As reported by the Barnsley News and Sport and the Barnsley Chronicle on 26th April, Stephanie will meet with Government officials to continue the push to increase the maximum sentence for death by dangerous driving following the tragic death of Jacqueline Wileman. In September last year, a HGV was stolen and driven around Barnsley and crashed into a property in Brierley, but not before tragically hitting and killing Barnsley resident Jacqueline Wileman. The four men responsible were convicted of death by dangerous driving amongst other charges and existing criminal convictions. Each received between 10 and 13 years in prison, but will likely serve fewer. In an exchange in the House of Commons, Stephanie (pictured) questioned Ministry of Justice Minister Rory Stewart on the issue. She challenged the Minister on the ‘devastating failure’ of the Government’s privatised probation system that saw three of the four men convicted of Jacqueline Wileman’s death commit the crime whilst released on probation. Following this, she asked the Minister to meet with her to discuss the case and what they can do to prevent similar incidents – including scrapping the 14-year maximum sentence for death by dangerous driving. Responding for the Government, Minister Stewart paid tribute to the local MP for her campaigning on the case and accepted that the maximum sentence should be increased to life. He further agreed to meet the MP to discuss changing this law. Said Stephanie: “The death of Jacqueline Wileman was a tragic incident that struck at the very heart of our community and devastated many. “In the face of lenient prison sentences handed down to those responsible, Jackie’s family have bravely campaigned to make sure nobody else must go through what they have. “After bringing this campaign to Parliament, I’m delighted the Government have accepted the need to increase the sentence and I will look to meet them urgently and make sure that is the case.”  

Stephanie Signs Mineworkers Pension Letter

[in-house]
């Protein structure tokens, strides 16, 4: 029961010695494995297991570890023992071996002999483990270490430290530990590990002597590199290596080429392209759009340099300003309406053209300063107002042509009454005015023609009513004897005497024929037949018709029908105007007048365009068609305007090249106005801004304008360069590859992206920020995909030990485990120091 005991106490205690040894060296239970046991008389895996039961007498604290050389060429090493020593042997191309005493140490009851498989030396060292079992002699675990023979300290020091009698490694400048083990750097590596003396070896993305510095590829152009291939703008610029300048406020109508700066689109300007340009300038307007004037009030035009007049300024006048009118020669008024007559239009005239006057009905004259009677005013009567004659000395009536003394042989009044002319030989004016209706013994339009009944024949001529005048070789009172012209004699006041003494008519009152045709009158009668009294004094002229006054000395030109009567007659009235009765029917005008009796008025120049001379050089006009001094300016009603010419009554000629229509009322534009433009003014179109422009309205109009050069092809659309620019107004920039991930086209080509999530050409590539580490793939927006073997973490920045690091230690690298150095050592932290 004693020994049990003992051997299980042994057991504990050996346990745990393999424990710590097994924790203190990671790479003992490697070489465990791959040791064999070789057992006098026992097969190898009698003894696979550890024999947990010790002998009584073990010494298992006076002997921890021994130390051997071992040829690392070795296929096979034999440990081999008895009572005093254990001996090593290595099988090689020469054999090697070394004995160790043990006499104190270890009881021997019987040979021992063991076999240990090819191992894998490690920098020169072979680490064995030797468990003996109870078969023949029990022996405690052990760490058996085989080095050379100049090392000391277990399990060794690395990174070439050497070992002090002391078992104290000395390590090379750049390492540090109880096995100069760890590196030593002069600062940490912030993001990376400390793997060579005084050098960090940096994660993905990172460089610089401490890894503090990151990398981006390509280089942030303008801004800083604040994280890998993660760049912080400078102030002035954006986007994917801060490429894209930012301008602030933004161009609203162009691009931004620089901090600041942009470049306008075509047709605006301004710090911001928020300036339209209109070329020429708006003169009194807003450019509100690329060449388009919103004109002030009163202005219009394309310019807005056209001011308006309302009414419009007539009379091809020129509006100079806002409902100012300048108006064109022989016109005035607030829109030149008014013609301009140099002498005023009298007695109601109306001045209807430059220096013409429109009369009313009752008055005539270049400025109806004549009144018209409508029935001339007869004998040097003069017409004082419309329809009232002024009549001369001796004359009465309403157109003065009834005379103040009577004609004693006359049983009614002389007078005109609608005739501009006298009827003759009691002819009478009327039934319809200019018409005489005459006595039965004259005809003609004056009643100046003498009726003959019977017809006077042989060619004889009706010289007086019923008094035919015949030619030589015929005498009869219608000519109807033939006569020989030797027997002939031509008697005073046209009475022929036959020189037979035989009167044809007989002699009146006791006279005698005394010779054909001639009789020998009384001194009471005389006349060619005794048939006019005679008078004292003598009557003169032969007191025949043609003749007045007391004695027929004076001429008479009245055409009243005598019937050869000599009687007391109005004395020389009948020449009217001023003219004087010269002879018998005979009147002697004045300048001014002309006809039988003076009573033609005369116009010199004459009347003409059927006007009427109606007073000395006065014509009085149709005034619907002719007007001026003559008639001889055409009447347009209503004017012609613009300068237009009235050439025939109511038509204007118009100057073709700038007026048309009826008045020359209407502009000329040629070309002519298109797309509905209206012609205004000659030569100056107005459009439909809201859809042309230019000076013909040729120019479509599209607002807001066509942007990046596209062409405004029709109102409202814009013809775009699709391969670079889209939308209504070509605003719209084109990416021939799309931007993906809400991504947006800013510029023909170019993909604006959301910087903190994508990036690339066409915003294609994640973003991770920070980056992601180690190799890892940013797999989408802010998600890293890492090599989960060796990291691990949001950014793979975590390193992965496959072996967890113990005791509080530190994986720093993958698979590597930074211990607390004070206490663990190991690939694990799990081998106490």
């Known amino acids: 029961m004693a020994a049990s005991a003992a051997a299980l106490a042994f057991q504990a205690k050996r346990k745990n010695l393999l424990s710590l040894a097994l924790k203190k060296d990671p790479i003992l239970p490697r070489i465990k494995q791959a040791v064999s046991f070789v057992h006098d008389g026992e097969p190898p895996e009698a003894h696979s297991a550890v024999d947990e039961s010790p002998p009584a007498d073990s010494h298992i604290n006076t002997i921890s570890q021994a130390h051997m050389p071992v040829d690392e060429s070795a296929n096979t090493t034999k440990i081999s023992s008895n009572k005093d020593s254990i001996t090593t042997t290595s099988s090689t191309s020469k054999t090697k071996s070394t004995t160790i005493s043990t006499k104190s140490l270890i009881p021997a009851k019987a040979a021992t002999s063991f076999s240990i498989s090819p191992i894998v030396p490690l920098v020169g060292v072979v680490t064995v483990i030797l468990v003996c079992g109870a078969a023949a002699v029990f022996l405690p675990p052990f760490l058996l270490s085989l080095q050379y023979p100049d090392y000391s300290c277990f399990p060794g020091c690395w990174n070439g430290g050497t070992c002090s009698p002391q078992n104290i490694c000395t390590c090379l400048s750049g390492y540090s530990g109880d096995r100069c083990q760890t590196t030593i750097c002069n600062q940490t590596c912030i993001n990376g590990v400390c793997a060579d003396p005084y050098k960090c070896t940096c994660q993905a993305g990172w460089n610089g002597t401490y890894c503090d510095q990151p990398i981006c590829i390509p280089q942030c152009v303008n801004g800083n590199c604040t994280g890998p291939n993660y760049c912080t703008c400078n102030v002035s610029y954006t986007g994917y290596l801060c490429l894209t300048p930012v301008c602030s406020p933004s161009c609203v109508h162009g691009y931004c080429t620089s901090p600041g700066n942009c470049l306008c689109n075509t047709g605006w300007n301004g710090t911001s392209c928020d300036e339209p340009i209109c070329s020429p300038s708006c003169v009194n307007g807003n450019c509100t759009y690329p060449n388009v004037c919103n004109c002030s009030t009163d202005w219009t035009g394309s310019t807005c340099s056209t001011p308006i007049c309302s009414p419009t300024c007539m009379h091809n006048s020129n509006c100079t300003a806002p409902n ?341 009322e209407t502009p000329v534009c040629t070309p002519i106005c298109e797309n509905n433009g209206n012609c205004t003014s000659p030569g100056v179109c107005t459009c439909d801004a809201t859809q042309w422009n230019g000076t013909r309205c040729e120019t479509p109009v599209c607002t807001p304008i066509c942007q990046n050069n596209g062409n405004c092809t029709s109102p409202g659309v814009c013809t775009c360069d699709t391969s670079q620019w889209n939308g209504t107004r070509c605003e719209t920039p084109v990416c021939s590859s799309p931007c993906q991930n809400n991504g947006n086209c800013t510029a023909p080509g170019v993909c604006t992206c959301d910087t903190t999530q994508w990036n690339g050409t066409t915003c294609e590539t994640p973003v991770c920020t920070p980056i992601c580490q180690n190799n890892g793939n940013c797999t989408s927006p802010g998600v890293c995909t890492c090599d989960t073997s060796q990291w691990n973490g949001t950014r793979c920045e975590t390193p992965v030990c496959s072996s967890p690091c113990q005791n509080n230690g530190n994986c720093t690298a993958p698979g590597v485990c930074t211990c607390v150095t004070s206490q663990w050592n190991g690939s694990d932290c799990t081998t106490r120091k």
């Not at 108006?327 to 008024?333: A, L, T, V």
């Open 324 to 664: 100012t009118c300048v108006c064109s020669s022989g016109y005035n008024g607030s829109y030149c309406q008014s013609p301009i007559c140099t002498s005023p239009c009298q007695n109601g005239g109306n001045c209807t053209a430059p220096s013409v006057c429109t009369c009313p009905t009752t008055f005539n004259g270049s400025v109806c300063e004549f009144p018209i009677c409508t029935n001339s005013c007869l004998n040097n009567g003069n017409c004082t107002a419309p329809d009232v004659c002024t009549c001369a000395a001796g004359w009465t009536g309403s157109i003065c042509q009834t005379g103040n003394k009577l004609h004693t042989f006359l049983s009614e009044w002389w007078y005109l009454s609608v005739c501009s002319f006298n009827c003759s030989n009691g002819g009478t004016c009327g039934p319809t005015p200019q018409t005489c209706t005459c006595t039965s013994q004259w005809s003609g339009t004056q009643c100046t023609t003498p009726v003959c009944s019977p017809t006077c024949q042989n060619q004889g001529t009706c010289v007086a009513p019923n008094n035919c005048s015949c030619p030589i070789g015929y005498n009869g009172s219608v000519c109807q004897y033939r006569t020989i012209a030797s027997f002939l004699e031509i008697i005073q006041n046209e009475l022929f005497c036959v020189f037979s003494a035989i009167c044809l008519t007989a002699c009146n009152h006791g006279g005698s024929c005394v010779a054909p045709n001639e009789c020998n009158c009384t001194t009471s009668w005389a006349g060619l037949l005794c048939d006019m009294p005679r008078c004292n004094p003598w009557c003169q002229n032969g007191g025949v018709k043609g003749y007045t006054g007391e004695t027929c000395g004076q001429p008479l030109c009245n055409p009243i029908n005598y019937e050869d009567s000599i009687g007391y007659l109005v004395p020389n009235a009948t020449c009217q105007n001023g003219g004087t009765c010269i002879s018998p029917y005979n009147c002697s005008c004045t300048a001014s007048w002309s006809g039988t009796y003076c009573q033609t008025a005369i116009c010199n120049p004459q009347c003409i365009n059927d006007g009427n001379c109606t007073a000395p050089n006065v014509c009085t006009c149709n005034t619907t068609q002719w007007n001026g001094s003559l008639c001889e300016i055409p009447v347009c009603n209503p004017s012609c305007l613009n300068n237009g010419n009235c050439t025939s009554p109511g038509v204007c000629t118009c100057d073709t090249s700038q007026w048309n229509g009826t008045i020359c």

As reported in the Barnsley News and Sport on 24th April, Stephanie has signed and supported a letter to the Chancellor of the Exchequer which calls for a formal review of the Mineworkers’ Pension Scheme. The current arrangement sees the Government acting as guarantor for mineworker pension pay-outs, with surpluses made by the scheme split evenly between its members and the Treasury. Since the agreement was struck in 1994, the Government has taken around £4.4bn from the scheme without paying in a single penny of their own. This includes £617m this year alone, with another £427m planned over the next three years. Stephanie recently held a parliamentary debate on the issue, pressing Government business ministers in the House of Commons to review the 50:50 surplus sharing arrangement, and now she has joined a number of other Labour MPs in signing a letter to the Chancellor, asking the Treasury to do the same. In the letter, the signatories stated: “The strong returns generated by the scheme combined with the absence of direct payments from the Government make the continued withdrawal of a 50% share for the current arrangement difficult to justify. “We call on the Government both to include a stronger level of protection for members’ bonuses as part of the guarantee and to consider taking a reduced share of the surplus to allow a greater proportion to be returned to mineworkers. “To this end, we would request that HM Treasury undertake a formal review of the surplus sharing arrangements, the case for reform and means of enhancing existing bonuses along with the Department for Business, Energy and Industrial Strategy.” Said Stephanie: “I’ve long voiced my opposition to the current surplus sharing arrangement in the Mineworkers’ Pension Scheme that has seen the Government pocket billions without paying in a penny of their own. “Miners here in Barnsley, who spent years working hard for security in later life should not be forced to get by on a pittance as this Government continues to take money from the scheme. “I’ll continue fighting to get a fairer deal for miners and a greater share of the funds from their pension pot.”